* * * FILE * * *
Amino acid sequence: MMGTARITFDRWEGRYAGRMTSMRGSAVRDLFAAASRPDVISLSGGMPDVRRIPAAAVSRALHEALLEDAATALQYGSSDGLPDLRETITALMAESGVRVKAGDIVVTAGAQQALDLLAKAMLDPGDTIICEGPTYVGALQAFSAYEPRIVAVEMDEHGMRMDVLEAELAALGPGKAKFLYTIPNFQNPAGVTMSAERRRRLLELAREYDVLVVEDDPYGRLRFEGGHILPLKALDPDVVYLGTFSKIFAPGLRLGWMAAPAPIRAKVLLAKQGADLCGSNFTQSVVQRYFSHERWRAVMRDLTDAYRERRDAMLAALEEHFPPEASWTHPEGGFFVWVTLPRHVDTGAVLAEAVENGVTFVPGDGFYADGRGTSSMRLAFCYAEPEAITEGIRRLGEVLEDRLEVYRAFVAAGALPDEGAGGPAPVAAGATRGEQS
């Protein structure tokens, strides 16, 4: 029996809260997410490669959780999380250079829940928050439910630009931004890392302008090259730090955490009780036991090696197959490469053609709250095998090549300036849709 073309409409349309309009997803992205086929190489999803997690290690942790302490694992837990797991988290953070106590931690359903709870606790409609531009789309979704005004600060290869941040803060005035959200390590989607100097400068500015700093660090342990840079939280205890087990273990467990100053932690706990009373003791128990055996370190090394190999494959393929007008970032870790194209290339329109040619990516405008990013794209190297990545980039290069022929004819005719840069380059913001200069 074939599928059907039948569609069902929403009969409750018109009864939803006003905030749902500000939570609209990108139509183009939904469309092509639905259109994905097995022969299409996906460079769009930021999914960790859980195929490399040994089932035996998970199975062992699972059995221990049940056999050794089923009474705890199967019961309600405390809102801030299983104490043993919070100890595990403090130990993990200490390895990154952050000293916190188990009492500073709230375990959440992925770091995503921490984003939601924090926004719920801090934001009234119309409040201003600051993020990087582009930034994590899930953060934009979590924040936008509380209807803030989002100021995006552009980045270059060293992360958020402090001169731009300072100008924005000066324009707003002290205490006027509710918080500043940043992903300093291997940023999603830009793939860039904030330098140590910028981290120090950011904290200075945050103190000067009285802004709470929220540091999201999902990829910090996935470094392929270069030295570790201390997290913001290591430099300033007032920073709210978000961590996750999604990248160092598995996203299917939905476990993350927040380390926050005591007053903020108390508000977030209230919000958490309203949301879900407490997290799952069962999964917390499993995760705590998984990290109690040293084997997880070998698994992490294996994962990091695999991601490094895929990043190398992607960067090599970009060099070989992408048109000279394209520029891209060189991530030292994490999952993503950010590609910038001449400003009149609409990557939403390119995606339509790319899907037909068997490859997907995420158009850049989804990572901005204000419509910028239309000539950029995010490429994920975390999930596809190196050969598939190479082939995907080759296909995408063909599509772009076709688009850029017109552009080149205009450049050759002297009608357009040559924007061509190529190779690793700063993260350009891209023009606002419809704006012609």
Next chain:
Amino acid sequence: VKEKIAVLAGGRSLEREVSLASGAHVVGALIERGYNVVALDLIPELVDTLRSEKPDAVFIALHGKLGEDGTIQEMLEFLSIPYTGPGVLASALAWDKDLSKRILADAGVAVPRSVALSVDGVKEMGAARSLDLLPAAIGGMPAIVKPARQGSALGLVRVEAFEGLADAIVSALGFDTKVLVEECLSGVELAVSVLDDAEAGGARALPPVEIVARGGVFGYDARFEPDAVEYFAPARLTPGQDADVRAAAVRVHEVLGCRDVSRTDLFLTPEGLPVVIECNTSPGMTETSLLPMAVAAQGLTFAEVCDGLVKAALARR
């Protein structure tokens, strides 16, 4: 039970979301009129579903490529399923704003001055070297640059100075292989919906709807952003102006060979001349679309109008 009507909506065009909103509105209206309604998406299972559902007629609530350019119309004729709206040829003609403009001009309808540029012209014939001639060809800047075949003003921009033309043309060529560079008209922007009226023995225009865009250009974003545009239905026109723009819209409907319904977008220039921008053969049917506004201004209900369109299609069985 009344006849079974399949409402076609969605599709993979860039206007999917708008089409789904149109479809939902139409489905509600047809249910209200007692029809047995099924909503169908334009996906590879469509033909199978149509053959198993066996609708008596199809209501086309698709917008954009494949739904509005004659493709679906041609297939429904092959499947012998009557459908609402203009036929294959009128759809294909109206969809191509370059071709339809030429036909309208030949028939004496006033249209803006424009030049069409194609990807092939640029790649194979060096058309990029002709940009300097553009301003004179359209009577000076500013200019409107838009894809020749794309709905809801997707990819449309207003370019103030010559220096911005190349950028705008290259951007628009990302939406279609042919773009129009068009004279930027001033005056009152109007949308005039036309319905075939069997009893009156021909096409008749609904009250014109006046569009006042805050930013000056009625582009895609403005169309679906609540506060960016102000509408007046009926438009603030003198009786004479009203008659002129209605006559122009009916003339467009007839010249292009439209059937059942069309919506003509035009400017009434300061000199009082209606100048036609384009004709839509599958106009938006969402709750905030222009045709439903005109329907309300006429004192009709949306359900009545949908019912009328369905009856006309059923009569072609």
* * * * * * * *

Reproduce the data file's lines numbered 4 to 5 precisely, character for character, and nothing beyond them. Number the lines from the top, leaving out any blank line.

Amino acid sequence: VKEKIAVLAGGRSLEREVSLASGAHVVGALIERGYNVVALDLIPELVDTLRSEKPDAVFIALHGKLGEDGTIQEMLEFLSIPYTGPGVLASALAWDKDLSKRILADAGVAVPRSVALSVDGVKEMGAARSLDLLPAAIGGMPAIVKPARQGSALGLVRVEAFEGLADAIVSALGFDTKVLVEECLSGVELAVSVLDDAEAGGARALPPVEIVARGGVFGYDARFEPDAVEYFAPARLTPGQDADVRAAAVRVHEVLGCRDVSRTDLFLTPEGLPVVIECNTSPGMTETSLLPMAVAAQGLTFAEVCDGLVKAALARR
């Protein structure tokens, strides 16, 4: 039970979301009129579903490529399923704003001055070297640059100075292989919906709807952003102006060979001349679309109008 009507909506065009909103509105209206309604998406299972559902007629609530350019119309004729709206040829003609403009001009309808540029012209014939001639060809800047075949003003921009033309043309060529560079008209922007009226023995225009865009250009974003545009239905026109723009819209409907319904977008220039921008053969049917506004201004209900369109299609069985 009344006849079974399949409402076609969605599709993979860039206007999917708008089409789904149109479809939902139409489905509600047809249910209200007692029809047995099924909503169908334009996906590879469509033909199978149509053959198993066996609708008596199809209501086309698709917008954009494949739904509005004659493709679906041609297939429904092959499947012998009557459908609402203009036929294959009128759809294909109206969809191509370059071709339809030429036909309208030949028939004496006033249209803006424009030049069409194609990807092939640029790649194979060096058309990029002709940009300097553009301003004179359209009577000076500013200019409107838009894809020749794309709905809801997707990819449309207003370019103030010559220096911005190349950028705008290259951007628009990302939406279609042919773009129009068009004279930027001033005056009152109007949308005039036309319905075939069997009893009156021909096409008749609904009250014109006046569009006042805050930013000056009625582009895609403005169309679906609540506060960016102000509408007046009926438009603030003198009786004479009203008659002129209605006559122009009916003339467009007839010249292009439209059937059942069309919506003509035009400017009434300061000199009082209606100048036609384009004709839509599958106009938006969402709750905030222009045709439903005109329907309300006429004192009709949306359900009545949908019912009328369905009856006309059923009569072609």